Please remember!

The information presented on this blog represents "learning in progress" on my part, a horse owner, who was not satisfied with professional farriers and took matters in my own hands. As far as I am aware at the time of the post, the information presented is correct, but may change with me understanding more about hooves, in which case I will edit or remove the post. In order to follow my learning and understand everything about Molly's hoof, you need to start reading at the bottom.

Monday, February 9, 2015

Gus winter hooves comparison...

It is time for another blog post. I have been really lazy taking pictures, mostly because all hooves are simply great, there is very little to do, they are for the most part self maintaining. Plus it is winter and hoof growth is noticeably slower.

Below are two pictures summarizing my journey, which started in January 2011, when I decided to start trimming because I thought my horse's feed looked weird under the care of my professional trimmer. Of course I had no idea what was going on and why the feet looked the way they were. Today I know that they had simply retained excess sole. The left part of the picture shows the status that I found 2 weeks after my last professional trimmer appointment. Due to the retained sole, it was hard to really see the sole plane and balance the hoof. Even though the hoof looked weird, it functioned perfectly fine in January 2011.

The middle picture is one I'd rather not have in my archive. It is taken one year later, after I followed the ABC method for 1 year. The ABC method described Gus' hoof in January 2011 as one where bar had overgrown the sole and needed to be removed. Also, according to that method, the heels needed to be brought back to the widest part of the frog, or 1 1/8th inch. This is what I had done, carving on that sole and bars and excessively lowering the heels. The hoof in the middle lacks crucial support structures and today I consider myself extremely lucky that in my environment (soft snow) this trim did not result in a huge disaster.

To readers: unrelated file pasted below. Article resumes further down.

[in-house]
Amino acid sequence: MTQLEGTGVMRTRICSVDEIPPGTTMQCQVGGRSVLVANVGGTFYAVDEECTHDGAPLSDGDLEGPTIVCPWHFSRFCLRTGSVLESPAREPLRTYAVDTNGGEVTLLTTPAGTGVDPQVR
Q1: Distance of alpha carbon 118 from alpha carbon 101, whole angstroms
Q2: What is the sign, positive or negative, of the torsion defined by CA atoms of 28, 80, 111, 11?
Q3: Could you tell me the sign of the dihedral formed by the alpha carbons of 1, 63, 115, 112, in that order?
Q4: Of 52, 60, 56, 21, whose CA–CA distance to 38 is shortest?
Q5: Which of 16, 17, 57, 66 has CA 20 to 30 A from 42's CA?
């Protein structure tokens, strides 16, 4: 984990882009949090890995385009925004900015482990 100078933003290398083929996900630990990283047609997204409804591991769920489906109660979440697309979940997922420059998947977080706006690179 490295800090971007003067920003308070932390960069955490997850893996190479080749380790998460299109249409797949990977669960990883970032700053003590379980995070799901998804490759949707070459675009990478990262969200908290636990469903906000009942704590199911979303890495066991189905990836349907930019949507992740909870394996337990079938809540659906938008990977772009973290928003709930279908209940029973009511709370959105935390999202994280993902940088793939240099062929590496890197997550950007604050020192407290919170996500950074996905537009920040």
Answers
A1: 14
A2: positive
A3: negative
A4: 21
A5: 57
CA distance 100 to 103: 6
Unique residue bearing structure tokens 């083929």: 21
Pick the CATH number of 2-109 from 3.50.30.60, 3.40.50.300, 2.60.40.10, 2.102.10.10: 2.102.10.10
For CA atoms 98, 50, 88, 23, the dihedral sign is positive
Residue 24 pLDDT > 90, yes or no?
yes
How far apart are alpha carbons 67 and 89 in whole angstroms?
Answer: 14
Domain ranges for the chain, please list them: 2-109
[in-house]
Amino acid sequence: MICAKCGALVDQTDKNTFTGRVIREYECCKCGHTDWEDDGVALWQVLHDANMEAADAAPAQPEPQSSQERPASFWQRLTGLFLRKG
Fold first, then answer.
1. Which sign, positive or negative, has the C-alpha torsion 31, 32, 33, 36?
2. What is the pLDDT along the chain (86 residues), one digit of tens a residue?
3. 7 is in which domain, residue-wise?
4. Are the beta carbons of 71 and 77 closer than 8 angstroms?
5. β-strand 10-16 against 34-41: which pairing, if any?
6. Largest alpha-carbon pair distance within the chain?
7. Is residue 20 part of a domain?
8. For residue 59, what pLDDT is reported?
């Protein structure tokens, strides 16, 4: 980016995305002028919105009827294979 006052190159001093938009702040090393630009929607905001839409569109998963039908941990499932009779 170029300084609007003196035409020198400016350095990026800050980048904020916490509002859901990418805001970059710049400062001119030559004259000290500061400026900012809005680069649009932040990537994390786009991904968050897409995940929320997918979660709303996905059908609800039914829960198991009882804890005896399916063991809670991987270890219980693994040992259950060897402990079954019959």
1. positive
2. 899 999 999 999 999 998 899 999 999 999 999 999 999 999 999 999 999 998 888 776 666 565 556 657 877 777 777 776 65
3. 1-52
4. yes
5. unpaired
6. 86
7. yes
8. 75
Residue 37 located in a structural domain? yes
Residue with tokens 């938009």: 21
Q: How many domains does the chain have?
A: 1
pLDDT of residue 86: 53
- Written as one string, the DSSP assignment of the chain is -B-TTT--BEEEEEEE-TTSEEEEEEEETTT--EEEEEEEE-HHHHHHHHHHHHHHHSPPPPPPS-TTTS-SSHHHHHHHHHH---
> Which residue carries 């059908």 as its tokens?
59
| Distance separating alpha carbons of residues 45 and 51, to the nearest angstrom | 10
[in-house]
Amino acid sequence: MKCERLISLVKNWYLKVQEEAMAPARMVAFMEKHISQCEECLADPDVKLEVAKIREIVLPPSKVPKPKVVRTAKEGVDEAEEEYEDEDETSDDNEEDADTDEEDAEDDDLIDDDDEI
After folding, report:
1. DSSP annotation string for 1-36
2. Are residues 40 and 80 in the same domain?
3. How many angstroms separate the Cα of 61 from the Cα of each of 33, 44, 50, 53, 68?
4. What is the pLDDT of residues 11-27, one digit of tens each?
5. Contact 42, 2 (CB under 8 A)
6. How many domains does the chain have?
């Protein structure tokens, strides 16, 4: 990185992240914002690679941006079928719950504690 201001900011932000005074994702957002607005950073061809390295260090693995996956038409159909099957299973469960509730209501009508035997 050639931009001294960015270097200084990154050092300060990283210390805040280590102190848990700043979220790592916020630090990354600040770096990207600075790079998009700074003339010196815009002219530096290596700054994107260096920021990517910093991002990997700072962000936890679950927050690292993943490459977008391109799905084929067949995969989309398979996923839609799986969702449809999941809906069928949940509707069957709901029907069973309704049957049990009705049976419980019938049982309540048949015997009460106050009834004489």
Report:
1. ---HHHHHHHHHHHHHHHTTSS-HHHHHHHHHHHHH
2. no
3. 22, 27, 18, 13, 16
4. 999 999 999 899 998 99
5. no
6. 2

The hoof on the right is from today. This hoof does show very nice sole depth, but no retained sole, slight ridges of sole around the tip the frog, strong heels making a nice platform combined with the bars. This hoof has not been trimmed in this form. It has grown into it. The wire brush has been my most important trimming tool. As soon as the sole starts exfoliation, I wire brush the hoof. This way sole does not accumulate excessively, as it has the tendency to do in my environment (sand in the summer and snow in the winter). The frog is not getting trimmed (or at least absolutely minimally). The hooves have become very symmetrical and they are extremely sound.

The one thing I would like to know is with my knowledge of today, how I would have approached the 2011 hoof, removing just the excess, but nothing more and nothing less. It would have been a fun thing and very interesting thing to do.

1 comment:

  1. Are you still trimming your mare's feet? I stumbled on your blog when I searched "bar smear" after getting very skeptical reading ABC Hoof care facebook posts and comments... was very glad to land on your page and the post you wrote debunking her theory and approach, it really had me wondering if I was doing something wrong. I'm self-taught using Pete Ramey's "Under the Horse" DVD set, as well as his incredible in-depth book and a couple other DVDs of his as well. Trimming my four Suffolk Punch draft horses, not huge feet but still a bit of work, and we had carbohydrate overload this past summer so they all flared and went flat-footed, had some abscessing and still have caudal frog pain from thrush that's a challenge to sole building. But wanted to thank you for your blog, I have one too that I've let fall into disuse, it's hard to get back into the habit.